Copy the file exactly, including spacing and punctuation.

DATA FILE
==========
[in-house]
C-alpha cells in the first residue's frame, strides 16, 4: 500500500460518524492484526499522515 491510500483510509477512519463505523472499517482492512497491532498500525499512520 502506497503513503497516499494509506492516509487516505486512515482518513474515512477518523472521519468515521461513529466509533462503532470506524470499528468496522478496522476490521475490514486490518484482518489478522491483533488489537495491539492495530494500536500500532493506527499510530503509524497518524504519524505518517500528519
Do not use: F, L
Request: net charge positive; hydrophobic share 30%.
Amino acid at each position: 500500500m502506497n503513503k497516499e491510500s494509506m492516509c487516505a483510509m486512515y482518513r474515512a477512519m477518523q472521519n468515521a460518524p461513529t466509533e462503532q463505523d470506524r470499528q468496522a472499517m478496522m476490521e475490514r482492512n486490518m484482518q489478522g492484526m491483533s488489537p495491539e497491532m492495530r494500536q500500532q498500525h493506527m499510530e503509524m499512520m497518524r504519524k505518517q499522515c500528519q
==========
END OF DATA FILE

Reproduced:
[in-house]
C-alpha cells in the first residue's frame, strides 16, 4: 500500500460518524492484526499522515 491510500483510509477512519463505523472499517482492512497491532498500525499512520 502506497503513503497516499494509506492516509487516505486512515482518513474515512477518523472521519468515521461513529466509533462503532470506524470499528468496522478496522476490521475490514486490518484482518489478522491483533488489537495491539492495530494500536500500532493506527499510530503509524497518524504519524505518517500528519
Do not use: F, L
Request: net charge positive; hydrophobic share 30%.
Amino acid at each position: 500500500m502506497n503513503k497516499e491510500s494509506m492516509c487516505a483510509m486512515y482518513r474515512a477512519m477518523q472521519n468515521a460518524p461513529t466509533e462503532q463505523d470506524r470499528q468496522a472499517m478496522m476490521e475490514r482492512n486490518m484482518q489478522g492484526m491483533s488489537p495491539e497491532m492495530r494500536q500500532q498500525h493506527m499510530e503509524m499512520m497518524r504519524k505518517q499522515c500528519q